Today: dissertation. Punctuated by: needles. Yes.
This journey of the traveling back tension, which began April 1, crossed over into the two-month territory yesterday. I said early that if things had not resolved in two months, I’d tap the grad-school-delimited body-budget. The intimates who know my derision for bourgeois “needs” and consumer services (especially in light of the real body trauma that physical laborers endure), point out that I’ll be a sucker for massage and acupuncture and Rolfing in future bourgeois days. Guilty as charged. But in the meantime, going through a this thing without reliance on body-service providers has, in honesty, been good. It puts me in a frame of mind today of excitement to see how things will respond to the needles, with a recognition that in a decently-insured world I’d be quicker to categorize the treatment like westerners do the rest of medicine—as a fix-it measure. The past week’s experiments—with deepening practice rather than backing off, and with keeping sitting meditation completely somatic in its focus—have been revealing if not blissful…. We’ll see what comes of today’s experiment.
Meantime, some early morning Saturday links—
? After deepest anticipation, Veneer.
I cannot undo the bigger puzzle, but the first issue is in any case exciting. Including a debate on the singularity between Wired founder Kevin Kelley and futurist Ray Kurzweil.
? Steve Dwelley’s comments on going deep because we have to, and on coping with chaos when it arises in the body, inspired me this week. (In the comments, InsideOwl plays the sucker.)
? Stop the Clash of Civilizations, youtube agitprop to launch the Avaaz campaign “to galvanize an independent, international movement calling for real Middle East peace talks.” Music by DJ Spooky, graphics by Ruckus Productions.
? Granta 97: contemporary fiction in yet another pretty lame moment. The TLS review advises: don’t mistake the earnest for the honest.
? Republican Candidate Brownback’s dim-witted, somewhat sleazy apologia in the NYT, “What I think about evolution,” justifies his claim not to believe in evolution with the old “religion is for the spiritual realm, science is for the material realm” saw. Real service to society there. On the other hand, this sweet, thoughtful, engaging piece in Edge, written 36 years ago by the lovey genius Heisenberg (of the principle, yes) and just republished in Physics and Philosophy, goes beyond divisions of the world into spiritual/material or subjective/objective:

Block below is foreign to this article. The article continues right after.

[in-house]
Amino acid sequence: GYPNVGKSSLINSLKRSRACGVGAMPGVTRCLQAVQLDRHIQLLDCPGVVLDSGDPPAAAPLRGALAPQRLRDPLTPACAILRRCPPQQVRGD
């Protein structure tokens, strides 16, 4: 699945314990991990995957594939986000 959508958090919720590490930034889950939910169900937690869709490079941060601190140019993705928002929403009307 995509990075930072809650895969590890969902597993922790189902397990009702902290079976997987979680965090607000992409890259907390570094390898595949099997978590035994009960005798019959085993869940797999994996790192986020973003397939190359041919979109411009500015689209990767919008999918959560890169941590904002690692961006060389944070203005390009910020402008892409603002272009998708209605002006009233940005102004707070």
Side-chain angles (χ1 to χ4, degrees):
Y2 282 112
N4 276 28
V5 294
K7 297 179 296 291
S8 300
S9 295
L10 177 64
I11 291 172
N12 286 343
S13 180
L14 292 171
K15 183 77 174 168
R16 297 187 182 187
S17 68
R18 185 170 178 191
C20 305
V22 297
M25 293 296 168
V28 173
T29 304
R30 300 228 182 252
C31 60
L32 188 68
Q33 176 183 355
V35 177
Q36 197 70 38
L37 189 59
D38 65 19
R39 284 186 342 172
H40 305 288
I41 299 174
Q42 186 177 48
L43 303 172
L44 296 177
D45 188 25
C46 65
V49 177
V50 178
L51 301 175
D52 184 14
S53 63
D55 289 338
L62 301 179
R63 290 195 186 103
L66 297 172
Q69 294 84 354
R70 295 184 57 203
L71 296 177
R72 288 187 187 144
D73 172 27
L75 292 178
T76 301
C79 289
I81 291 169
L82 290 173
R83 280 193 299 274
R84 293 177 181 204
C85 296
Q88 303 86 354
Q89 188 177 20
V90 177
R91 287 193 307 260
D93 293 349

But if [the average person] is to live by [religion’s] values, [s/he] has to be convinced that the spiritual framework embraces the entire wisdom of his society. That is why society is in such danger whenever fresh knowledge threatens to explode the old spiritual forms. The complete separation of knowledge and faith can at best be an emergency measure, afford some temporary relief…. Einstein’s conception is closer to mine. His God is somehow involved in the immutable laws of nature. Einstein has a feeling for the central order of things. He can detect it in the simplicity of natural laws…. I don’t believe Einstein is tied to any religious tradition, and I rather think the idea of a personal God is entirely foreign to him. But as far as he is concerned there is no split between science and religion: the central order is part of the subjective as well as the objective realm.
? More from Chris Jordan, artist of American Consumerism.
? Finally, not that this is why I do it, but this article makes quick scientific sense of meditation. Good references, too.